Saturday, October 3, 2009
California Court Rules Daughter Cannot Annul Father Richard Pryor's Marriage Or Set Aside Bequests To Stepmother After His Death
On September 28, 2009, the California Court of Appeal issued two companion decisions relating to the estate of Grammy award-winning comedian and actor Richard Pryor.
The court rejected an attempt by Pryor's eldest daughter Elizabeth to annul her father’s marriage to stepmother Jennifer Pryor and void certain gifts and bequests to her stepmother. The daughter's goal was to invalidate Pryor's most recent will and reinstate an earlier will in which he split his fortune between his six children. The Pryor probate litigation has been pending for more than four years.
Richard Pryor married Jennifer Pryor in 1981 and they divorced one year later. Shortly thereafter, Richard Pryor was diagnosed with multiple sclerosis and his condition began to deteriorate. His ex-wife Jennifer Pryor became Richard Pryor’s care custodian in 1994. At that time, there was an earlier will in place in which he split his fortune between his six children.
In 2001, Richard and Jennifer Pryor were remarried pursuant to a confidential marriage license. Elizabeth Pryor apparently did not learn of this marriage until after her father died of a heart attack in 2005. By this time -- both before and after his remarriage -- Richard Pryor had revised his estate plan to leave substantial assets to Jennifer Pryor rather than his six children.
After his death, daughter Elizabeth prior filed two actions. First, styling herself as successor in interest to her father, she petitioned to annul the marriage under Family Code Sec. 2211(d) on the grounds of fraud. She claimed her father's signature on the marriage certificate was forged.
Second, she filed a probate proceeding seeking to set aside various gifts, bequests, and transfers of property or assets made by her father to Jennifer between 1994 and 2005. Legally, she was seeking to use Probate Code Section 21350 to presumptively disqualify Jennifer, who was a care custodian, from receiving a donative transfer from a dependent or elder adult. Elizabeth argued that her stepmother Jennifer may not invoke the spousal exception to this presumption because the marriage was the product of undue influence and fraud.
Elizabeth did not win on either ground in the family law or probate courts. The same judge presided over both matters in the superior court. She then appealed.
On appeal, Elizabeth lost both cases. In the family law matter which is the subject of a companion appeal, Pryor v. Pryor (No. B207398), the Court of Appeal affirmed the denial of Elizabeth's petition to annul the 2001 marriage between Jennifer and Richard on the ground of fraud.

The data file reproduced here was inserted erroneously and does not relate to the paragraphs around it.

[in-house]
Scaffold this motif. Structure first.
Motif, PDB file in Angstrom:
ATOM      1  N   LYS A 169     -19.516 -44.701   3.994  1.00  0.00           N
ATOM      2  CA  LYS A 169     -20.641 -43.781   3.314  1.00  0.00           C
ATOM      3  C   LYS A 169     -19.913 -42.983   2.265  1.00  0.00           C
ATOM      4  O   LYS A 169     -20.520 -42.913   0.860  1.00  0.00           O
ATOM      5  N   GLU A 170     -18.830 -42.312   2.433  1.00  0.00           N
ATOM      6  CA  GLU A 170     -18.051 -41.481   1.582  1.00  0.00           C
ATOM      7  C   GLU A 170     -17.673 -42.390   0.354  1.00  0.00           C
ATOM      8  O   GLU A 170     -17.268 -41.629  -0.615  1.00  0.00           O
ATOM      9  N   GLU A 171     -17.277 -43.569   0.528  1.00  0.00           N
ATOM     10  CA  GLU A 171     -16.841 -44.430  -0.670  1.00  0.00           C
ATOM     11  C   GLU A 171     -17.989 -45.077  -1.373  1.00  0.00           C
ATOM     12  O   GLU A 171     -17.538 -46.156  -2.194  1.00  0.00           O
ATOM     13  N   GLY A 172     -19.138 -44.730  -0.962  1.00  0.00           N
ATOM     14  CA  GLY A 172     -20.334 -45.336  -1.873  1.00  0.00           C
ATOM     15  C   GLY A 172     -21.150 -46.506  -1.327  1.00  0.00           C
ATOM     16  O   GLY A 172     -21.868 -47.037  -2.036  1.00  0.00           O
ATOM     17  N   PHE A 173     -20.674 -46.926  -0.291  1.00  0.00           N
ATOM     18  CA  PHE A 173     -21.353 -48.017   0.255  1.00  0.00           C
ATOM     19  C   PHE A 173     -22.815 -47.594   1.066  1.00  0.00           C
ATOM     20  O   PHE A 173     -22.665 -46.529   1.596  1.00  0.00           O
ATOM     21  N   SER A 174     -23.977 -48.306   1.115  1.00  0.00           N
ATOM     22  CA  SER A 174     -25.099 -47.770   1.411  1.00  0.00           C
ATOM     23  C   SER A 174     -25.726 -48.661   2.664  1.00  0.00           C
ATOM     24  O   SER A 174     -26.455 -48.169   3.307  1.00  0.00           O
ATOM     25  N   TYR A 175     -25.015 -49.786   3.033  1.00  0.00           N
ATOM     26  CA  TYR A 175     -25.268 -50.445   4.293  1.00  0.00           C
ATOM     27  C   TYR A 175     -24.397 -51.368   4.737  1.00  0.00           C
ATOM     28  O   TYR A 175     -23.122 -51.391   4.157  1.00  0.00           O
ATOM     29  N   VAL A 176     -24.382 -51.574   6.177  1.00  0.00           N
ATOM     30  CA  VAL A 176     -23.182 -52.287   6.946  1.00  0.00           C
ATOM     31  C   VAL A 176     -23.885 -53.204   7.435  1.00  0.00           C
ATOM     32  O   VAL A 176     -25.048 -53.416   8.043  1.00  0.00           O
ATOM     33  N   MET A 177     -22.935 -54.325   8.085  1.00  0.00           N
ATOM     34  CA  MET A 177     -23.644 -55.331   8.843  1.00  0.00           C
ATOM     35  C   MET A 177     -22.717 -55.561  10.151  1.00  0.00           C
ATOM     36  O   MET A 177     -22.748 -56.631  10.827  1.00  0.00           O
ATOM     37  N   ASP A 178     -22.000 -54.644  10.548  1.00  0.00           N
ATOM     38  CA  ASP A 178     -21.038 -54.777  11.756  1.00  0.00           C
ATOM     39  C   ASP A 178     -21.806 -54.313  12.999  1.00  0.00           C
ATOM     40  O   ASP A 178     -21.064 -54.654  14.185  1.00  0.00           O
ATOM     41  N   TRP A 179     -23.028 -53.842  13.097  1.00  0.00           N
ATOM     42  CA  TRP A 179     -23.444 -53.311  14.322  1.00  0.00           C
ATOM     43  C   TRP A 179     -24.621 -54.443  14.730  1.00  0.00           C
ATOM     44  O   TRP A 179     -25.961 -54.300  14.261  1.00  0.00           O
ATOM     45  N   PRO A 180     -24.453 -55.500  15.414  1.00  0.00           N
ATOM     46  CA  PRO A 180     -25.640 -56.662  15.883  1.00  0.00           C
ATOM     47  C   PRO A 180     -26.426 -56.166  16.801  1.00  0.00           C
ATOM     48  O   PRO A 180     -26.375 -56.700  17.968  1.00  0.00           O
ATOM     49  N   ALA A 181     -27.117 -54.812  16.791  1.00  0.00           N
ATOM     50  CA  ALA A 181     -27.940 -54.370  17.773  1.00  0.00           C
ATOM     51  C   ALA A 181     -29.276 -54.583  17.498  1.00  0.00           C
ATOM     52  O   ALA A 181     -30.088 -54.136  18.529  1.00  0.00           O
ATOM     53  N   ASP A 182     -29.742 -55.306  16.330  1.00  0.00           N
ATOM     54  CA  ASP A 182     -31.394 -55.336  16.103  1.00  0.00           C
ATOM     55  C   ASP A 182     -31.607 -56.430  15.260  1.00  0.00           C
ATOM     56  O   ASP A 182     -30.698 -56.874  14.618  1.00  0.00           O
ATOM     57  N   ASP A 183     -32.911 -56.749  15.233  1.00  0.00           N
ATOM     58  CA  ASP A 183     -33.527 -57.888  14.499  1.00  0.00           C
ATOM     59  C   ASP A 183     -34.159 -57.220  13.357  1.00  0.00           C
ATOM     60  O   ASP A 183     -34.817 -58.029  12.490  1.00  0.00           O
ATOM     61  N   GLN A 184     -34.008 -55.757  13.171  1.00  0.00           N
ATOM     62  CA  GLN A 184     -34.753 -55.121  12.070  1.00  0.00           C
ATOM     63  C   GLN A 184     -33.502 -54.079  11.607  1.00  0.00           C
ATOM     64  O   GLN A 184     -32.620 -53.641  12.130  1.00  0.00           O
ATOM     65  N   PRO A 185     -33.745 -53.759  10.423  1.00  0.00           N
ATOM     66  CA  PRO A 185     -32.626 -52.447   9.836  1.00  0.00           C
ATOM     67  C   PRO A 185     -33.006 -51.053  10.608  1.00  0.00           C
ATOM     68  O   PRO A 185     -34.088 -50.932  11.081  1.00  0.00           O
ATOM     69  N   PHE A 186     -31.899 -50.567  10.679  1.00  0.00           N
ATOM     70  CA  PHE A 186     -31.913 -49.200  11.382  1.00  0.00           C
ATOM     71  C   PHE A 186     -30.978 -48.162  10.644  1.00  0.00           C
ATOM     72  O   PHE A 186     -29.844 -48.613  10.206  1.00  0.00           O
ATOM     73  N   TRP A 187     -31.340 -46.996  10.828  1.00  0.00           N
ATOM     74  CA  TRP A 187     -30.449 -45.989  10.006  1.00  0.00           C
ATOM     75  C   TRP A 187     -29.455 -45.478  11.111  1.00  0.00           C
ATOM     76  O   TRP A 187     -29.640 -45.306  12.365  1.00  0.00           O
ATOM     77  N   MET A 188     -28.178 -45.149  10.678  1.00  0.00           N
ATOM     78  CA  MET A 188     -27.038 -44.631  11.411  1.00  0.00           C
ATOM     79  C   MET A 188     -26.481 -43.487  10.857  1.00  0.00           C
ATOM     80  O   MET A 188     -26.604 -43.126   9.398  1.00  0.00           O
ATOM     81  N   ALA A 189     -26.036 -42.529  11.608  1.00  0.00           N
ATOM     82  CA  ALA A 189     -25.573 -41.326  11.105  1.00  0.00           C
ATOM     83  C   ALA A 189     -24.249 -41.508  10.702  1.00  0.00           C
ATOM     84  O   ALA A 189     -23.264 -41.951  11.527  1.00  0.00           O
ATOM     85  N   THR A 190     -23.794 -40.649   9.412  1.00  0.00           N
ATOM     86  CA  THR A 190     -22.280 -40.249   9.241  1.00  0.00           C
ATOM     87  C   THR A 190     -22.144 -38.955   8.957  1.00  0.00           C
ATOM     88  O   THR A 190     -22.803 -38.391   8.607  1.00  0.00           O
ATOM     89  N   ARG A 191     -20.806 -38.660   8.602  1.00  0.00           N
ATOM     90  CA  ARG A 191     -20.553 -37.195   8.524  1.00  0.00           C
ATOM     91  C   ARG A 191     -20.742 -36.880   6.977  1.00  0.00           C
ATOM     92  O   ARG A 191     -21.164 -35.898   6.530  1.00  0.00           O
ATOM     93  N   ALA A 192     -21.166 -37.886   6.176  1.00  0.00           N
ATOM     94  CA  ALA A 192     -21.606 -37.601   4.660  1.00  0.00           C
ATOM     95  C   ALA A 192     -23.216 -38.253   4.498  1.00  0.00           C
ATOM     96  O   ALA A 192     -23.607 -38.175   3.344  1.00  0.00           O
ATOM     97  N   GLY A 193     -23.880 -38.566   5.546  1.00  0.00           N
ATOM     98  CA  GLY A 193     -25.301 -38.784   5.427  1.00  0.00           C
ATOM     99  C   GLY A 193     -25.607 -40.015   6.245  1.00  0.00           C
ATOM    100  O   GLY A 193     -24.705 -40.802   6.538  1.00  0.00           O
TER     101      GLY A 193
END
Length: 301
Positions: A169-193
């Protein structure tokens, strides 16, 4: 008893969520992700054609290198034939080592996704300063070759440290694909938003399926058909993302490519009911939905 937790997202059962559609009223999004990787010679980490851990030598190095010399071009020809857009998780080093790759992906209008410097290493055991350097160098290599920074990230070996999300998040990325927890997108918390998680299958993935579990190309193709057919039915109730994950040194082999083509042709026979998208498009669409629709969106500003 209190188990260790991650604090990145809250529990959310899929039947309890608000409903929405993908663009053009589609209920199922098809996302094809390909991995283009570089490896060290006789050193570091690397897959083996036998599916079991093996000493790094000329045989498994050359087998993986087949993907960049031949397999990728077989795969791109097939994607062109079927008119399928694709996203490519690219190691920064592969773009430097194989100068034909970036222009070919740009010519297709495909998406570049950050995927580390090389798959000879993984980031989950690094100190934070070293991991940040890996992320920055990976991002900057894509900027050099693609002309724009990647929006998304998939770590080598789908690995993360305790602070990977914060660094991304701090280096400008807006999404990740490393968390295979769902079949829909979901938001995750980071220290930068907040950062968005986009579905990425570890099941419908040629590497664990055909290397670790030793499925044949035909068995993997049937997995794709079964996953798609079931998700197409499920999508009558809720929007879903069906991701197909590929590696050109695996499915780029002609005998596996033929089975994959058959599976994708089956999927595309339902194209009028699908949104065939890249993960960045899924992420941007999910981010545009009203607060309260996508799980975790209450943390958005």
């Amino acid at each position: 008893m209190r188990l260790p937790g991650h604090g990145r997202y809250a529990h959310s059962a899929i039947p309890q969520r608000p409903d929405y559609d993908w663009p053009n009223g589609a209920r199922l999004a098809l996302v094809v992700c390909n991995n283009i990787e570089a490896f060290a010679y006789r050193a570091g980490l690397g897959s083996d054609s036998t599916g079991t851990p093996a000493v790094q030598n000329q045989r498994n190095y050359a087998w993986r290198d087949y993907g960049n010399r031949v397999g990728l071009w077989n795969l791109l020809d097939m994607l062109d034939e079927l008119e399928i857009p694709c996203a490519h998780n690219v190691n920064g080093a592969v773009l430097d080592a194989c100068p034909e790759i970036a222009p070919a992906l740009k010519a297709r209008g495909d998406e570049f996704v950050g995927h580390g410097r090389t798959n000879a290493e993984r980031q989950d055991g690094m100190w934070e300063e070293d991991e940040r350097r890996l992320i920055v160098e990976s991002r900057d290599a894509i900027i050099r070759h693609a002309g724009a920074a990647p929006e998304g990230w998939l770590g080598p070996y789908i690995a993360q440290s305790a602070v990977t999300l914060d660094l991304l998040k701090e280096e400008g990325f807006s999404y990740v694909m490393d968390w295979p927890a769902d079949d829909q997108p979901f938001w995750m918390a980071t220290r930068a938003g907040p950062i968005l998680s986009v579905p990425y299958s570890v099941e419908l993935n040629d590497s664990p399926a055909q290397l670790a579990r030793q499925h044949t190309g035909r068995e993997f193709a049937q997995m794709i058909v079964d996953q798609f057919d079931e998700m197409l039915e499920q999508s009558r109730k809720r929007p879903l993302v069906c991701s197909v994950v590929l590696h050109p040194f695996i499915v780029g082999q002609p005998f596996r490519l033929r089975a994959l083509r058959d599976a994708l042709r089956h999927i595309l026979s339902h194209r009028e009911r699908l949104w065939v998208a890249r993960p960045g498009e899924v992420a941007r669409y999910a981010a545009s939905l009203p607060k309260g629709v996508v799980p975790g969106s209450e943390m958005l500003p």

In the probate matter, the Court of Appeal declined to recognize an exception to the rule under Probate Code Section 21350 that a spouse may receive a donative transfer from a dependent or elder adult for marriages allegedly obtained by fraud and undue influence. The appellate court found no support in the language of section 21351, subdivision (a), or in the legislative history, which would make the spousal exception to the presumption of invalidity unavailable to a spouse who allegedly persuaded the transferor to marry through undue influence or fraud.
A copy of Estate of Pryor, CA Court of Appeal, 2nd Appellate District, Div. 4, Case No. B207402 can be found at:
Attorney Comments: First, this case brings to light the conflict that can exist between children of a prior marriage and a stepparent. Second, the failure to disclose to the children the marriage and the changes to the will or estate plan can also increase the likelihood of probate litigation.
Third, there are ways to document that there is no incapacity or fraud. For example, doctors can be used to assess the capacity of a person to make a will or trust. In some cases, there can be limited ability to speak (which happens in some advanced muscular sclerosis cases).
Because most trouble arises from disappointed potential beneficiaries, a doctor (such as a psychiatrist or neurologist specializing in geriatrics) as part of his examination should ask whether the testator has ever made a will before and who is now going to be excluded and why. Doctors and attorneys must understand the legal tests for testamentary capacity.
Attorneys can also document these issues and show their client's intent and capacity in that they understand their prior wills, their assets and the proposed disposition. Videotaping may be used to help prevent accusations of forgeries at a later date. In other words, good planning can help minimize the risks of probate litigation after the death of a loved one and provide strong evidence in the event of a challenge.
Posted by Henry Moravec, III. Any questions or comments should be directed to: firstname.lastname@example.org or (626) 793-3210. The firm website is http://www.moravecslaw.com/